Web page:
Chris Sevcik, Director of International Trade Services, WTCGP
President Trump signed the USMCA today. The USMCA aims to build on NAFTA by strengthening the alliance and ensuring all parties benefit. Mexico has already ratified the agreement. Canada, long insisting it would wait for US approval before proceeding, still must ratify the new agreement and then Canada, Mexico and the US must meet their obligations before the deal takes effect.
The US International Trade Commission estimates that “USMCA would raise U.S. GDP by $68.2B and us employment by 176,000 jobs.” They go on to state that “US exports to Canada and Mexico would increase by $19.1B (5.9%) and $14.2B (6.7%), respectively.” This projected increase in GDP and jobs for Americans allowed for the Senate to pass the bill overwhelmingly with an 89-10 vote.
Major areas of change:
Approved with bi-partisan support, USMCA will benefit companies across North America, create jobs and boost GDPs.
Chris Sevcik, Director of International Trade Services, WTCGP
The US and India are working towards a bilateral free trade agreement that is meant to ensure both parties benefit and targeted industries expand. A trade pact, described as a “mini-deal,” could come as soon as President Trump’s next visit to New Delhi scheduled in the coming weeks. This could restore India’s preferential trade status and ease US concerns with India’s trade and economic practices.
American companies are looking at expanding their operations in India, and 200 companies have expressed their interest to move from China to India. As supply chains continue to shift, a US-India free trade agreement can help companies in both countries expand their partnerships and grow.
Forty products imported from the US into India have been identified including pistachios, walnuts and apples for duty concessions so far. Medical devices, steel and aluminum are still under negotiation. The mini-deal will likely not include a decrease in trade tariffs. Reductions should be addressed in subsequent negotiations to ensure companies in both countries are able to have better market access for their products.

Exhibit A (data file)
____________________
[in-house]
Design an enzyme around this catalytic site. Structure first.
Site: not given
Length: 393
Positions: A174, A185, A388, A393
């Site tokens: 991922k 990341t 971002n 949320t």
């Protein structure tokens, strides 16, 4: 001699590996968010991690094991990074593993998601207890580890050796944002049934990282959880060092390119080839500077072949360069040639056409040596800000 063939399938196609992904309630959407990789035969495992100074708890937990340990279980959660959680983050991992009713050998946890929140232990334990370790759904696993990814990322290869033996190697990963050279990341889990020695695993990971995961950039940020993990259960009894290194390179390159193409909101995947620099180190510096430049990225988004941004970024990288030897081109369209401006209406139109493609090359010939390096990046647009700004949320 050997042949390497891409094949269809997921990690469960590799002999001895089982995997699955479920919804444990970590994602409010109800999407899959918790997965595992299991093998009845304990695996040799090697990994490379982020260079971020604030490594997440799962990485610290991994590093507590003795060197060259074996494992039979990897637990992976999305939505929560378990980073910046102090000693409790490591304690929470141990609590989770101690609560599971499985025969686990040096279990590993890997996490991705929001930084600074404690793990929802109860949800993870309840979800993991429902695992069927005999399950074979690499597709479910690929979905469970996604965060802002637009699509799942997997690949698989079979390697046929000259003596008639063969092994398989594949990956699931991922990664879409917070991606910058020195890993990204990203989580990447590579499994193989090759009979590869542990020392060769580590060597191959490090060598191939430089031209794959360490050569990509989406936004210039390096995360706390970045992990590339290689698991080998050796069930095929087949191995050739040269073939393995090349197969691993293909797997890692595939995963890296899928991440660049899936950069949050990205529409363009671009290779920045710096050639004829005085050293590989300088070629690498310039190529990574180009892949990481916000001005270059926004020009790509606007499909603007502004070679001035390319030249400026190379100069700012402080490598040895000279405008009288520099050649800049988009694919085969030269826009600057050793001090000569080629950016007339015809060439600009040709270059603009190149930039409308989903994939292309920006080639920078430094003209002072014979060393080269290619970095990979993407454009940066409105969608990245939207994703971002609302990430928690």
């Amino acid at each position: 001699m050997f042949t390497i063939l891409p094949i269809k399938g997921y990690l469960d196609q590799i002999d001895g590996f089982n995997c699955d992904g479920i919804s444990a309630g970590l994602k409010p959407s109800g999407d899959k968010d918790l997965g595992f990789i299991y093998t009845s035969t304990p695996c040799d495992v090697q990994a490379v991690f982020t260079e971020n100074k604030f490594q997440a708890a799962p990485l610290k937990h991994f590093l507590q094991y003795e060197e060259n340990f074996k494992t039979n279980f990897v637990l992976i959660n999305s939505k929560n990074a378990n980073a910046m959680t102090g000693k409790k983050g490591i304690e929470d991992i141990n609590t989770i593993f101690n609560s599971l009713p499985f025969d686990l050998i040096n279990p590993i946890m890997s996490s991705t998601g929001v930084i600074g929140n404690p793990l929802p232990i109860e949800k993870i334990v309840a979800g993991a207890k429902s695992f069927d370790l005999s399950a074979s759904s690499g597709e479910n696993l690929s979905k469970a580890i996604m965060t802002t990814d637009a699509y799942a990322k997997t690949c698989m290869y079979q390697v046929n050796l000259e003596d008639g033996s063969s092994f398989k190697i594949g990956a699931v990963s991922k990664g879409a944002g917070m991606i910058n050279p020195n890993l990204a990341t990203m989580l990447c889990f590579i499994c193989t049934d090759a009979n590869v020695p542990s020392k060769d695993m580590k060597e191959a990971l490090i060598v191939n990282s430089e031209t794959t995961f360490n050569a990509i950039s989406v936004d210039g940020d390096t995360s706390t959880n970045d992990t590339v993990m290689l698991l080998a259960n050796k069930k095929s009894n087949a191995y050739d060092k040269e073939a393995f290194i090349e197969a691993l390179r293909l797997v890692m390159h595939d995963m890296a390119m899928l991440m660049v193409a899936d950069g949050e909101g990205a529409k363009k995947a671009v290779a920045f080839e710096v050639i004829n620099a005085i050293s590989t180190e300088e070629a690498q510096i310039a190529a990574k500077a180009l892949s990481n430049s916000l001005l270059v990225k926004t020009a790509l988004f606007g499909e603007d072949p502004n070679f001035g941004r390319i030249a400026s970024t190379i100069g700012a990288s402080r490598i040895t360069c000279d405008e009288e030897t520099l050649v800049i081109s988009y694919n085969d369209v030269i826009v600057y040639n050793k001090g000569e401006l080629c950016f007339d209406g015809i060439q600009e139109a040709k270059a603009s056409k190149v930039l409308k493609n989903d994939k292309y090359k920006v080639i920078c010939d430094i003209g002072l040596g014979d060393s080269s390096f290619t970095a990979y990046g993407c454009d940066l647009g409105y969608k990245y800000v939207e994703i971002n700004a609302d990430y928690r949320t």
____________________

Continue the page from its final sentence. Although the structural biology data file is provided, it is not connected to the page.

While both parties are aligned in their ambitions to develop a free trade agreement, tech policy is an issue that could be a potential deal breaker. There are currently three main hurdles that could cause issue: India’s Personal Data Protection Bill, India’s E-Commerce policy and their Intermediary guidelines.
India’s Personal Data Protection Bill was formally approved on December 4th by the Cabinet. If passed, the bill could impose strict data localization measures and establish a new Data Protection Authority to enforce compliance requirements with monetary penalties for those companies found to be uncompliant. Should this bill be passed, it may cause potential issues for international companies and potentially cause the US-India Free Trade Agreement to derail.
India’s E-commerce policy is being revisited by the Ministry of Commerce and Industry. The new policy could require the disclosure of source code and introduce broad restrictions limiting pricing strategies of multinationals. The MOCI has suggested that these new policies could be completed by mid-2020. If this policy is enacted, US companies would have to hand over their source code, a potential deal breaker for a U.S. India Trade Agreement.
India’s intermediary guidelines are about to be updated. This update will impact social media firms including Facebook. The updates are currently under review but are expected to include a mandatory traceability requirement. This requirement, if enacted, would force companies to break end-to-end encryption and create backdoors into their code. India claims that traceability is needed to ensure the safety of its citizens; however, privacy advocates are worried that the government could track down critics and impact free speech.
Many companies, government officials and individual citizens see a US-India Free Trade agreement as a benefit to both India and the US; however, there are still several hurdles that must be cleared before it can take effect.
By Chris Sevcik, Director of International Trade Services, WTCGP